Tiffany & Co. (NYSE:TIF), the global manufacturer and retailer of fine jewelry and other luxury products, has just released its fourth-quarter report to cap off fiscal 2013. The stock moved lower in the trading session that followed, so let's take a thorough look at the results to determine if we should buy on this weakness or if we should avoid investing in Tiffany for now.
The quarterly results
Tiffany released its fourth-quarter report before the market opened on March 21 and the results came in slightly below analysts' estimates; here's a breakdown and a year-over-year comparison:
|Earnings Per Share||$1.47||$1.52|
|Revenue||$1.30 billion||$1.31 billion|
Tiffany's earnings per share increased 5% and revenue increased 5.1% year-over-year, as global comparable-store sales grew 6%. Sales were strong in all regions on a constant-exchange-rate basis, with growth of 7% in the Americas, 11% in the Asian Pacific, 8% in Japan, 10% in Europe, and 47% in the 'Other' region, which includes the high-growth United Arab Emirates.
Gross profit rose 7.5% to $785.61 million and the gross margin expanded 140 basis points to 60.5%, which showed that Tiffany did not need to offer large promotions during the holidays to draw in customers. Overall, Tiffany had a strong quarter, regardless of whether it met analysts' expectations or not, and I believe the weakness in its stock will only be temporary.
What will fiscal 2014 hold?
In the report, Tiffany also provided its outlook for fiscal 2014 with a call for the following results:
- Earnings per share in the range of $4.05-$4.15
- Revenue growth in the high-single-digits
- Open 13 new stores and close four existing stores
- Free cash flow of at least $400 million
How was the quarter in comparison with those of competitors?
Michael Kors (NYSE:CPRI) and Coach (NYSE:TPR), two of Tiffany's largest competitors, have also recently reported their quarterly results. Michael Kors released its third-quarter report for fiscal 2014 on Feb. 4 and Coach released its second-quarter report for fiscal 2014 on Jan. 22; let's see how Tiffany stacked up versus these two luxury giants:
|Earnings Per Share||$1.47||$1.11||$1.06|
|Revenue||$1.30 billion||$1.01 billion||$1.42 billion|
Michael Kors reported an absolute blowout quarter, driven by a strong 27.8% increase in comparable-store sales. The company saw its gross profit rise 61.6% to $619.5 million and its gross margin expanded 100 basis points to 61.2%.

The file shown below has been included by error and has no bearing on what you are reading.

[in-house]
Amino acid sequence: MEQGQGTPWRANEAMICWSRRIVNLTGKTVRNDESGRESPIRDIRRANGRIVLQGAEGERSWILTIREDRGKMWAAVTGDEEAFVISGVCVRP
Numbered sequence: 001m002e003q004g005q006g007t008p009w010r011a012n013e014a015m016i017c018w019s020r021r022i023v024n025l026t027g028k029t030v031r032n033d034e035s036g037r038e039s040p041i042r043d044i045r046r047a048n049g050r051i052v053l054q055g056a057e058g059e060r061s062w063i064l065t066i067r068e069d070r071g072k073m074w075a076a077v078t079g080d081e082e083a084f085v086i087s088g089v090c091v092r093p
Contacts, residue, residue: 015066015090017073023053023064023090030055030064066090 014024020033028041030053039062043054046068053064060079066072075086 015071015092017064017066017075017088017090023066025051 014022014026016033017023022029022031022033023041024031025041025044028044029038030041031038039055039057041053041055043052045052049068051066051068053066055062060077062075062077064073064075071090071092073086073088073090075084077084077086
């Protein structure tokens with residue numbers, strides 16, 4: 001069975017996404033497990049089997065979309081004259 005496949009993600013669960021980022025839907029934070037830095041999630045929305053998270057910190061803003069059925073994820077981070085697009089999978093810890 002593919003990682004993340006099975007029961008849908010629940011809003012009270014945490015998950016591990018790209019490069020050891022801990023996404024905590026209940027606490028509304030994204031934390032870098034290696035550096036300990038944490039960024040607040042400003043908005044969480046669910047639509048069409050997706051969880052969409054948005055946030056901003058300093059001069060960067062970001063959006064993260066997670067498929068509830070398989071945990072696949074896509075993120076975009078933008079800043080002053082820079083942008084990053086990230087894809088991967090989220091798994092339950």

Coach, on the other hand, reported a dismal quarter and it was held back by a 13.6% decrease in North American comparable-store sales. Its gross profit fell 9.4% to $982.7 million and its gross margin took a big hit, declining 300 basis points to 69.2%. It is clear that the promotional retail environment of the holiday season proved no match for Michael Kors and Tiffany, but Coach had a very difficult time.
In summary, Tiffany and Michael Kors represent good investment opportunities today, but avoid Coach until it can get back to showing year-over-year growth.
The Foolish bottom line
Tiffany's quarterly results and earnings expectations for fiscal 2014 may have missed expectations, but I believe the weakness in its stock presents a buying opportunity. The company appears well-positioned to continue on its path of growth and this would support a rise in its share price. Foolish investors should strongly consider initiating positions on any further weakness and holding on to them for several years.
Joseph Solitro owns shares of Michael Kors Holdings. The Motley Fool recommends Coach and Michael Kors Holdings. The Motley Fool owns shares of Coach and Michael Kors Holdings. Try any of our Foolish newsletter services free for 30 days. We Fools may not all hold the same opinions, but we all believe that considering a diverse range of insights makes us better investors. The Motley Fool has a disclosure policy.